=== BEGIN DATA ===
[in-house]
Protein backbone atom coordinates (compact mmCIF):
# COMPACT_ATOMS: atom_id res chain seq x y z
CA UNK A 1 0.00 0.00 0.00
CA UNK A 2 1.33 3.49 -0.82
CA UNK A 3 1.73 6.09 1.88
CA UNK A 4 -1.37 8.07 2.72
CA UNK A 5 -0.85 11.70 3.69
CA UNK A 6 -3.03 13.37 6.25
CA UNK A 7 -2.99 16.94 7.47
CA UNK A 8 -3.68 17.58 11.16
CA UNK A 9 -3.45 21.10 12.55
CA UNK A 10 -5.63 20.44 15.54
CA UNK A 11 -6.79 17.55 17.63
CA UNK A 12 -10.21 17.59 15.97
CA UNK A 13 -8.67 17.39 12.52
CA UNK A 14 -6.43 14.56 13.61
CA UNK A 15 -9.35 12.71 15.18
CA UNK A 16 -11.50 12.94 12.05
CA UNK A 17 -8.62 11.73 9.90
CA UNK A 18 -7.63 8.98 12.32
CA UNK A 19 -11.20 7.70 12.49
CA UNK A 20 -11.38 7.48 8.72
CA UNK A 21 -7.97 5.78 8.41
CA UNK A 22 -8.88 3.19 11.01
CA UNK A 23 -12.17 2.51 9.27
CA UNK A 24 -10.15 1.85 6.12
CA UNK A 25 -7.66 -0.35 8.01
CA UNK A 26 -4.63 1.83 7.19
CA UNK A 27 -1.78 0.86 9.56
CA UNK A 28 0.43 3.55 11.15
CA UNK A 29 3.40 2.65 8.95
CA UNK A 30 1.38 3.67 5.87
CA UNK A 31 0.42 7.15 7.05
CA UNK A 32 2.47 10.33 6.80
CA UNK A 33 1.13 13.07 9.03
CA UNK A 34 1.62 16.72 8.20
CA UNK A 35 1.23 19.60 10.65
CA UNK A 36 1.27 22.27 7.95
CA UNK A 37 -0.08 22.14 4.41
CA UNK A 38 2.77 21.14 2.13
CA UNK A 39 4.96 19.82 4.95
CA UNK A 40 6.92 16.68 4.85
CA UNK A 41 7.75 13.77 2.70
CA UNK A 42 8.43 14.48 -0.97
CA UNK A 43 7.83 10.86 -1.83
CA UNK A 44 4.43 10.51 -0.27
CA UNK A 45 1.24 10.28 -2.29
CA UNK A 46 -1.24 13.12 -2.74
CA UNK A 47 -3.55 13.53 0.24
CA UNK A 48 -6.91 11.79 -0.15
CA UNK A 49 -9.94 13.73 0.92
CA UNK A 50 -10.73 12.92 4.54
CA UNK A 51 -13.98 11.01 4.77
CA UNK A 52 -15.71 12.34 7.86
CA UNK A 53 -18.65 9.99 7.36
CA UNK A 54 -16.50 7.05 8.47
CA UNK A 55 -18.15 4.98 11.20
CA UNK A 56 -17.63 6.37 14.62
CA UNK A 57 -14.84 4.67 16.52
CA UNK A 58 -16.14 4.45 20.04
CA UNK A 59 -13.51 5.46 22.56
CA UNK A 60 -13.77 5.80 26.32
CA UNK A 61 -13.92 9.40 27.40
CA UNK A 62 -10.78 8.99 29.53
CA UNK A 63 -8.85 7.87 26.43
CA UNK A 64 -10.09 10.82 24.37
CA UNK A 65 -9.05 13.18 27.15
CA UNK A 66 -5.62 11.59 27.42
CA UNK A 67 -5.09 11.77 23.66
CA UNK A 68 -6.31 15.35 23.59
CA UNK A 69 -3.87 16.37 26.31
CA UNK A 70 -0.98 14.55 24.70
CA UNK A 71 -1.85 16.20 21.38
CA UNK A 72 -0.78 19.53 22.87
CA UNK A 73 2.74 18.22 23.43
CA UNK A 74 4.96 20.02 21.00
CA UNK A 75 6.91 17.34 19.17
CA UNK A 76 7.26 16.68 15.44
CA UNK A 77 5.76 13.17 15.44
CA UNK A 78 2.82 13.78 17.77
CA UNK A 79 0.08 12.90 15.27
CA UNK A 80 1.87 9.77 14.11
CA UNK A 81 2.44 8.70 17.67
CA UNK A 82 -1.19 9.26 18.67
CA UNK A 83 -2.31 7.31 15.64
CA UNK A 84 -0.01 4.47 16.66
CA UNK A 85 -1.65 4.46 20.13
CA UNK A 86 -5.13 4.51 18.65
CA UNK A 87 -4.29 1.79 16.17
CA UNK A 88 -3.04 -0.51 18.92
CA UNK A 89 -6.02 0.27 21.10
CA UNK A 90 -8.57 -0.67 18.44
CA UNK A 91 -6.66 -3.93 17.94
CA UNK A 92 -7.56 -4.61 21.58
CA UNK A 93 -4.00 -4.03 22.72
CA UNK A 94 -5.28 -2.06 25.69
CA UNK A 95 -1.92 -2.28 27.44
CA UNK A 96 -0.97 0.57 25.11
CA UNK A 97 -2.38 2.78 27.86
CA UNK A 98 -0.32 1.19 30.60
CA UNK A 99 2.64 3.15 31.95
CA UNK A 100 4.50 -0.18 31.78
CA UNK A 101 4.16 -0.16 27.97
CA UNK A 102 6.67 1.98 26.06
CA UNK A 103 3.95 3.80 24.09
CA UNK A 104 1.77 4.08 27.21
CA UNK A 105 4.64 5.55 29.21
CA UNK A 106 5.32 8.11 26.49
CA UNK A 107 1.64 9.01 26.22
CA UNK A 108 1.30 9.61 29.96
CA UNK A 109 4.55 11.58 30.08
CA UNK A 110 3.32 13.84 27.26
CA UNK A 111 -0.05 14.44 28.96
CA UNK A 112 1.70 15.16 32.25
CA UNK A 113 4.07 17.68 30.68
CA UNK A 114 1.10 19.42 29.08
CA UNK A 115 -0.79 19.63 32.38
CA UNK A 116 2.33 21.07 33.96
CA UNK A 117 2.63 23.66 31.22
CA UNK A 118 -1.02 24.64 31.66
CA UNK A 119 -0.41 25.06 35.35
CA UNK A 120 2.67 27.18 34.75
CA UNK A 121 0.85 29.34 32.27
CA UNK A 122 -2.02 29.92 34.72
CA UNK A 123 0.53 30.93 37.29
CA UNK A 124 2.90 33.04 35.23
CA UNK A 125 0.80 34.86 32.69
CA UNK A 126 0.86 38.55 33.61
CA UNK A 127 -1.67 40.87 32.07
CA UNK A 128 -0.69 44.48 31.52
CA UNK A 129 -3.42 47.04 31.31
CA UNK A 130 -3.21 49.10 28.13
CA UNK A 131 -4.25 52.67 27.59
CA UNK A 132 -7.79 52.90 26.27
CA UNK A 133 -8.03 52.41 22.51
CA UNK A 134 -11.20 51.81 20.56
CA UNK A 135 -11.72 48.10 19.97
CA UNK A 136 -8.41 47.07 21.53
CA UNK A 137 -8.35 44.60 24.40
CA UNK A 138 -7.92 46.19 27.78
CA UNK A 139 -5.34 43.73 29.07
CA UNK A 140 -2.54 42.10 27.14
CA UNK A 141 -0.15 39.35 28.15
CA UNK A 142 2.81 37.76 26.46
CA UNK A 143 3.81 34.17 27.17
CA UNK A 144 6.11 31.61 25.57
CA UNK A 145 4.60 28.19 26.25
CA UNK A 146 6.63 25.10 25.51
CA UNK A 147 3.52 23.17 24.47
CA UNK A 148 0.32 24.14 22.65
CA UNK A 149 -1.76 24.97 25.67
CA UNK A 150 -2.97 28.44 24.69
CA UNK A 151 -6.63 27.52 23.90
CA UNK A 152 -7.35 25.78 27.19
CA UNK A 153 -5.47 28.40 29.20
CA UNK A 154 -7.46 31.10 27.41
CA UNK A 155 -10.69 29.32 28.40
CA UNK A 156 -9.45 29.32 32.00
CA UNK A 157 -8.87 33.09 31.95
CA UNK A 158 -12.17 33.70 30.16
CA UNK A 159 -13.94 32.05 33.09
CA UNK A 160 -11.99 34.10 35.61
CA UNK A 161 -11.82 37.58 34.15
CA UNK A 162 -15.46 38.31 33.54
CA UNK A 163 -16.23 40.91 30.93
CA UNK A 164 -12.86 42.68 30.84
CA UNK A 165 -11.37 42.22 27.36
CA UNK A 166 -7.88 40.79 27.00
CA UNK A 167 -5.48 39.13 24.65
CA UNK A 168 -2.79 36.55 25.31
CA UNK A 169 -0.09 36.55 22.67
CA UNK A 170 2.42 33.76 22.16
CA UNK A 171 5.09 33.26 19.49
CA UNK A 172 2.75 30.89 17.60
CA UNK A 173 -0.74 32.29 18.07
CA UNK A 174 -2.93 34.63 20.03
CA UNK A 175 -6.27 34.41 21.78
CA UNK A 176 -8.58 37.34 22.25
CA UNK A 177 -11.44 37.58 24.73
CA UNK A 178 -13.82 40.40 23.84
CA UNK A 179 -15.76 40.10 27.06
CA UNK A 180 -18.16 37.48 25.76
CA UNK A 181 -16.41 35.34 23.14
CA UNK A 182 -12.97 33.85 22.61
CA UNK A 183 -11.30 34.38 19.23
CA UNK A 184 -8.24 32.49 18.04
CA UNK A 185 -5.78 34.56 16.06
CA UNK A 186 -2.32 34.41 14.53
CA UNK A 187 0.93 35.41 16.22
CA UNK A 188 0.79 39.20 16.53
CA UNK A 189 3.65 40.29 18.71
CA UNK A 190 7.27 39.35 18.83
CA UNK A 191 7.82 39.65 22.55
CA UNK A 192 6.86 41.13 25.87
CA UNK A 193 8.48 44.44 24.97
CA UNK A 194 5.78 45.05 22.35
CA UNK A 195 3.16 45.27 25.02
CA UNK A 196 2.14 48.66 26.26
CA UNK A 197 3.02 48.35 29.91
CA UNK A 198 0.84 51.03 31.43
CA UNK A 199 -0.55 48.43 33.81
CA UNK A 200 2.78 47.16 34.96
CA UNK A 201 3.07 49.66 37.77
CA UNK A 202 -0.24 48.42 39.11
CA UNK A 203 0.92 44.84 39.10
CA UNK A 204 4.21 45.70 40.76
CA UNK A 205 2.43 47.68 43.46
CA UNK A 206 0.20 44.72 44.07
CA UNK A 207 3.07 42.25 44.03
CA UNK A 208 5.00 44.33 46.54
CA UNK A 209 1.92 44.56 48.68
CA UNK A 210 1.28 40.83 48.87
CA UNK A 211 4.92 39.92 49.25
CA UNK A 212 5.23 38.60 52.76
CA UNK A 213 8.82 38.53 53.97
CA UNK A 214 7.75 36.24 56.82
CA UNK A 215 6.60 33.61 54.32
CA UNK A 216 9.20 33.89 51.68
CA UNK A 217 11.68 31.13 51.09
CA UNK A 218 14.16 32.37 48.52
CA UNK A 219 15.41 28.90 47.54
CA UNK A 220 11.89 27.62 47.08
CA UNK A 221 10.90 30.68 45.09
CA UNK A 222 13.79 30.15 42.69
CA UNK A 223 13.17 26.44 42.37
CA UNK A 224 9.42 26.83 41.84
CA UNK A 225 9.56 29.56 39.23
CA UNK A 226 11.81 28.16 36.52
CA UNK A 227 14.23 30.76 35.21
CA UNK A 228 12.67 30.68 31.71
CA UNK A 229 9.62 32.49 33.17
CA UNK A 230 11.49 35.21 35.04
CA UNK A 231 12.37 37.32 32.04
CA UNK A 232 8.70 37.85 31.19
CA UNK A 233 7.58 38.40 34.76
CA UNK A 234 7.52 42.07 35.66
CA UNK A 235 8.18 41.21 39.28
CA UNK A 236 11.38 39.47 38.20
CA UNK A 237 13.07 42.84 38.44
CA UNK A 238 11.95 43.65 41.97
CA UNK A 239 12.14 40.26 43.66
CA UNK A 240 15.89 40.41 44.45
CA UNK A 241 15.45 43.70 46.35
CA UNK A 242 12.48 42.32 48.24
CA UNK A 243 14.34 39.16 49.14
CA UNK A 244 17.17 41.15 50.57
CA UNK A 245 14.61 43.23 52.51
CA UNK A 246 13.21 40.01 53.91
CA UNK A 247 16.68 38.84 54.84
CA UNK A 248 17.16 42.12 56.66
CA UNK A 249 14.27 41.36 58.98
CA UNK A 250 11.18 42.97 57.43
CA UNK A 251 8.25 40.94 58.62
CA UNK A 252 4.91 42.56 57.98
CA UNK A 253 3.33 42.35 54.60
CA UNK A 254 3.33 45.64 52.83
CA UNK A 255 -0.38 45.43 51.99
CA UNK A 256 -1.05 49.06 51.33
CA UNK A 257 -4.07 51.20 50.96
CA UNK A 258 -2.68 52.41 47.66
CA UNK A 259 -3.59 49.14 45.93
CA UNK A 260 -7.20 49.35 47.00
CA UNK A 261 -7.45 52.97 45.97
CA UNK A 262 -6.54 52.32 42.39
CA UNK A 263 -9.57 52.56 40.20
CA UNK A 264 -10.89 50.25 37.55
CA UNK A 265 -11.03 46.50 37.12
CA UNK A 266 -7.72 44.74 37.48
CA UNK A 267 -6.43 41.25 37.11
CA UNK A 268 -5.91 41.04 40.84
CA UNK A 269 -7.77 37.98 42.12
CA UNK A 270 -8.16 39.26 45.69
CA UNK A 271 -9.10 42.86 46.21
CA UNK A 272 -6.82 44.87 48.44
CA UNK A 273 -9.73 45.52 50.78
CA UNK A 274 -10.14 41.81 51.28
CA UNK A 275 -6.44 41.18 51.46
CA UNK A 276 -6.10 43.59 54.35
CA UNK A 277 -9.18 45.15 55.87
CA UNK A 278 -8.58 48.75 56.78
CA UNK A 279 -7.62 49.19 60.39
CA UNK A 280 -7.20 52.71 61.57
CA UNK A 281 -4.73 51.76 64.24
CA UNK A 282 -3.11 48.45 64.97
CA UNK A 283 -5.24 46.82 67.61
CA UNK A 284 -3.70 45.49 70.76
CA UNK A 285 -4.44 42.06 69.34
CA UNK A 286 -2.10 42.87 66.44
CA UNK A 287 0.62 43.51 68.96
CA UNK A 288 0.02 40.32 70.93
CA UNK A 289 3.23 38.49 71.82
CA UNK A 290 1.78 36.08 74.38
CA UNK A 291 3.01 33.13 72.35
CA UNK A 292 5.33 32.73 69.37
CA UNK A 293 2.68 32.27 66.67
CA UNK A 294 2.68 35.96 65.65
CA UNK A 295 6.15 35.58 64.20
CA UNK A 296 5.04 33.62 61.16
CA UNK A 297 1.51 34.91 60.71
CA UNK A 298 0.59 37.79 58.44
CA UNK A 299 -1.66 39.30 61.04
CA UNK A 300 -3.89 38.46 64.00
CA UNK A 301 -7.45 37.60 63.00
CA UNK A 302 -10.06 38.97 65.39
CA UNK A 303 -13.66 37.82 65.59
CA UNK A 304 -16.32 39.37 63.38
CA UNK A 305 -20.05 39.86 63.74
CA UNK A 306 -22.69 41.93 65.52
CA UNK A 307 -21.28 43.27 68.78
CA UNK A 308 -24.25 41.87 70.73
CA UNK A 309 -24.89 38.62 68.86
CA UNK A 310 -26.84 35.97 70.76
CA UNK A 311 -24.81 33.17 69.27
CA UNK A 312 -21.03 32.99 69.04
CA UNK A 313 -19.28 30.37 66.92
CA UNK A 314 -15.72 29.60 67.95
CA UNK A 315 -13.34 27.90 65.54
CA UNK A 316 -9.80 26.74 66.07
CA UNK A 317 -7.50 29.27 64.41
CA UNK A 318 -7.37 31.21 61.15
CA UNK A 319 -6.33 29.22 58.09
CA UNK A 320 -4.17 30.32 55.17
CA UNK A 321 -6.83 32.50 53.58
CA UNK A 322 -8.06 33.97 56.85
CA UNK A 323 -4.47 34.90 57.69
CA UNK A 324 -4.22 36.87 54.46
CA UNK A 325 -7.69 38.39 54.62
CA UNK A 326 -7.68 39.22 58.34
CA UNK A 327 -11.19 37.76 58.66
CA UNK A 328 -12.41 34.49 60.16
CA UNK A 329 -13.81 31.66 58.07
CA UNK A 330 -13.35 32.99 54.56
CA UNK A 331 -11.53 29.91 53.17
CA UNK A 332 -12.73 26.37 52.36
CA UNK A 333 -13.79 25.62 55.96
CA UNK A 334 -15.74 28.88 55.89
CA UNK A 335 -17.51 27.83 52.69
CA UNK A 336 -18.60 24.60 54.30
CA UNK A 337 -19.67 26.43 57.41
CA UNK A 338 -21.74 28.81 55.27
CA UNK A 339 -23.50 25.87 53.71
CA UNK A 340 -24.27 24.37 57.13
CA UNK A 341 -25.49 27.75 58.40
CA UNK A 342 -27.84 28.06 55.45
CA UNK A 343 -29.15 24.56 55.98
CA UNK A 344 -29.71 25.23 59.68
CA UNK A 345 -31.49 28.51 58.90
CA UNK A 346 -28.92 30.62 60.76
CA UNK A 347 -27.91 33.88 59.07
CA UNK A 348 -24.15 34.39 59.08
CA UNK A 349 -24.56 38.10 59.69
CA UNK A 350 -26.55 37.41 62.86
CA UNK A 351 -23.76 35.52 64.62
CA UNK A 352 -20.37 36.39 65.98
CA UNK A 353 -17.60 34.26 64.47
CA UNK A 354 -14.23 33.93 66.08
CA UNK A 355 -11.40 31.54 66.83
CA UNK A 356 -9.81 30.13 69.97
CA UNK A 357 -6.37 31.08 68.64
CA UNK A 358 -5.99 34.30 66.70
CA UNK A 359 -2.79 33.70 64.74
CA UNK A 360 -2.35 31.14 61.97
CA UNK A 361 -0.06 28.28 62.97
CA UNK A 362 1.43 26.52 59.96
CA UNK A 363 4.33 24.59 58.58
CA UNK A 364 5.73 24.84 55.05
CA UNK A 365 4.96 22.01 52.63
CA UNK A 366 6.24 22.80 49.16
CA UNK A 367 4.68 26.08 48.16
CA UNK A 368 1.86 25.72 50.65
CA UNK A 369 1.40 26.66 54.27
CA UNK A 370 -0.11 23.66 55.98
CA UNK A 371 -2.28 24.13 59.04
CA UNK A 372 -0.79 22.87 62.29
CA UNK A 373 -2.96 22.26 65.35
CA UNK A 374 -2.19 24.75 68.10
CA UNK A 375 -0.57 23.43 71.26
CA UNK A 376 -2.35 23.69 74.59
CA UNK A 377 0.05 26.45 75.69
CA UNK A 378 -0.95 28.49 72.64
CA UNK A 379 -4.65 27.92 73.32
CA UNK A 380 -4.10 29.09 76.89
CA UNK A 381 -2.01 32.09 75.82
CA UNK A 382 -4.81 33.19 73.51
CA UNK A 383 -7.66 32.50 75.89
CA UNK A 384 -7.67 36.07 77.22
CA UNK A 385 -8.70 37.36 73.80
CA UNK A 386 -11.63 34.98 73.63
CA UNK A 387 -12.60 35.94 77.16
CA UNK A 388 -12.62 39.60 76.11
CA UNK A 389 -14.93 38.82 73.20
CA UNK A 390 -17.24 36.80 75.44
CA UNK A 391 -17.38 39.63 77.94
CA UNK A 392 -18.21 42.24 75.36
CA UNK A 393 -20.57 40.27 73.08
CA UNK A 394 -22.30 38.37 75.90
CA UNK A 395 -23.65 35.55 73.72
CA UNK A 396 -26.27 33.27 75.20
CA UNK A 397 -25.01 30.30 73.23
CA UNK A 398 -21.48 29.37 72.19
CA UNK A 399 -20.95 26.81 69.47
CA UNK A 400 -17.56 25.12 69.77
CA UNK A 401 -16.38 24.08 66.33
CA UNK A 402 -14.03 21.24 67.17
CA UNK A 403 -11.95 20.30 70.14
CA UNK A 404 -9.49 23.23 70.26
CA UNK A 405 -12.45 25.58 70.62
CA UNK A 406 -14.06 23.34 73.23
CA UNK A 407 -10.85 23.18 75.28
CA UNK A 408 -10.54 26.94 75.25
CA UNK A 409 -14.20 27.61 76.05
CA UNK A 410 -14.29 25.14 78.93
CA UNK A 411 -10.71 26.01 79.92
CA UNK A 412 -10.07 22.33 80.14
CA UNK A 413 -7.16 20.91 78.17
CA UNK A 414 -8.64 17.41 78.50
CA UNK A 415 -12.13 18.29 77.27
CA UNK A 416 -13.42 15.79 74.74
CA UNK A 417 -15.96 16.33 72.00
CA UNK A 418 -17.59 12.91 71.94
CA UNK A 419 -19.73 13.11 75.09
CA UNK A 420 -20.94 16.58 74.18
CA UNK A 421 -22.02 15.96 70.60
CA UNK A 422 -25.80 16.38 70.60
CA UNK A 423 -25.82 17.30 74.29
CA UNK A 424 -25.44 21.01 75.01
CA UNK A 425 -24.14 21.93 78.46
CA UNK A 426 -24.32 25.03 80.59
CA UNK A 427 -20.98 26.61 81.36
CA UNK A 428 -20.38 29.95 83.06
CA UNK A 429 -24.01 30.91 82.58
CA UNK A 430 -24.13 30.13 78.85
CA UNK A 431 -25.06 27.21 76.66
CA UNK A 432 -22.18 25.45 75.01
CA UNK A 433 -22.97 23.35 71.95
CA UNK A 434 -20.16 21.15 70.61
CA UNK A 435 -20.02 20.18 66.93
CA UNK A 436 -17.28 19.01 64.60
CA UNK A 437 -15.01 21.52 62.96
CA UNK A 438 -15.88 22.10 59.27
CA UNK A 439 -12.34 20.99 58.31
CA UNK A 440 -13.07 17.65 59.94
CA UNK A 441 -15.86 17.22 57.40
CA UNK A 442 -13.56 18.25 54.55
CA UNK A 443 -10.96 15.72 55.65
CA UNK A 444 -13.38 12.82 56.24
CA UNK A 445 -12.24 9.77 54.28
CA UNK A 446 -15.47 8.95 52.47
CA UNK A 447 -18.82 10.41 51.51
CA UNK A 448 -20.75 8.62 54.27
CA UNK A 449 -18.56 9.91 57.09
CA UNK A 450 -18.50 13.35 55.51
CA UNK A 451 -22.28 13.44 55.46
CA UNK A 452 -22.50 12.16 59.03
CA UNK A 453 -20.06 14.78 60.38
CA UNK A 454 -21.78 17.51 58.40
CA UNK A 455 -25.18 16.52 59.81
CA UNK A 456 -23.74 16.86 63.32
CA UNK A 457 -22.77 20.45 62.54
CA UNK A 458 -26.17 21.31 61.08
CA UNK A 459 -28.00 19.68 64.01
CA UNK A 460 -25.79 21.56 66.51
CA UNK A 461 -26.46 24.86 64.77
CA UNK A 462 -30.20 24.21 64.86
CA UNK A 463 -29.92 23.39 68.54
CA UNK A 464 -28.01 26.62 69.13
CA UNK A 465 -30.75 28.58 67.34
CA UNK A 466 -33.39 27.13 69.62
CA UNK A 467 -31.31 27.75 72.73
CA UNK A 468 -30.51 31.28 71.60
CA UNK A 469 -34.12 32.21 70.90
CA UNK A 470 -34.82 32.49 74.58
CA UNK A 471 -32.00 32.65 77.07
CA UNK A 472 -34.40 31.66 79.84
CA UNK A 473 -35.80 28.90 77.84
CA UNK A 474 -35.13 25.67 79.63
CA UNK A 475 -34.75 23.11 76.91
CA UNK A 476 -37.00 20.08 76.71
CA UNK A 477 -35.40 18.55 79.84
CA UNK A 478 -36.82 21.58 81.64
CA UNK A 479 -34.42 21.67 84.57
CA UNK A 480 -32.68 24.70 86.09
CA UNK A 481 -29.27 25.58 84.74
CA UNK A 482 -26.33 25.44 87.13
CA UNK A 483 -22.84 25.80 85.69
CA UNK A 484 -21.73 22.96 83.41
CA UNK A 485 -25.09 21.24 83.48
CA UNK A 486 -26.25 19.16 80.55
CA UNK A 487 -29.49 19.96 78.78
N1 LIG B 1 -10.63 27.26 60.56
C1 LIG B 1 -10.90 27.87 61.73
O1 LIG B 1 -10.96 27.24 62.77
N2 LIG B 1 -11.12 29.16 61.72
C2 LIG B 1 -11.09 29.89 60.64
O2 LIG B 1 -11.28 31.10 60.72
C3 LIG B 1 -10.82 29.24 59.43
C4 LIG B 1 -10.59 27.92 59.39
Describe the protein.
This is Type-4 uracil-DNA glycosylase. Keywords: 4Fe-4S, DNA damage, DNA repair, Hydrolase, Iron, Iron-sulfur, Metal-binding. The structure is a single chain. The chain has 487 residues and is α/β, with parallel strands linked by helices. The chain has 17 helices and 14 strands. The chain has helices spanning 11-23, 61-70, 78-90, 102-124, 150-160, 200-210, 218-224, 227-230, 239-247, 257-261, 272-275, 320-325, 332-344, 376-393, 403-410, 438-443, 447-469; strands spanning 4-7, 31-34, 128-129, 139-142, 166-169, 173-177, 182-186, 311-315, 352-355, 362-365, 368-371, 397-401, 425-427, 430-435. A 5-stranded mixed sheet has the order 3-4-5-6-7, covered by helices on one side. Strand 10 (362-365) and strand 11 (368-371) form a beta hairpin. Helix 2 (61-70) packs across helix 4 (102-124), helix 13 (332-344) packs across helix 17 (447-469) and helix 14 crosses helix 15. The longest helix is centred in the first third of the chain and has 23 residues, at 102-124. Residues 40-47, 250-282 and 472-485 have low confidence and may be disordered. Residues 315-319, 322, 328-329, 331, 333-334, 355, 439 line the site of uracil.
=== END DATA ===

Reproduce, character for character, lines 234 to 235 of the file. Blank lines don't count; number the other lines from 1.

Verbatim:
CA UNK A 231 12.37 37.32 32.04
CA UNK A 232 8.70 37.85 31.19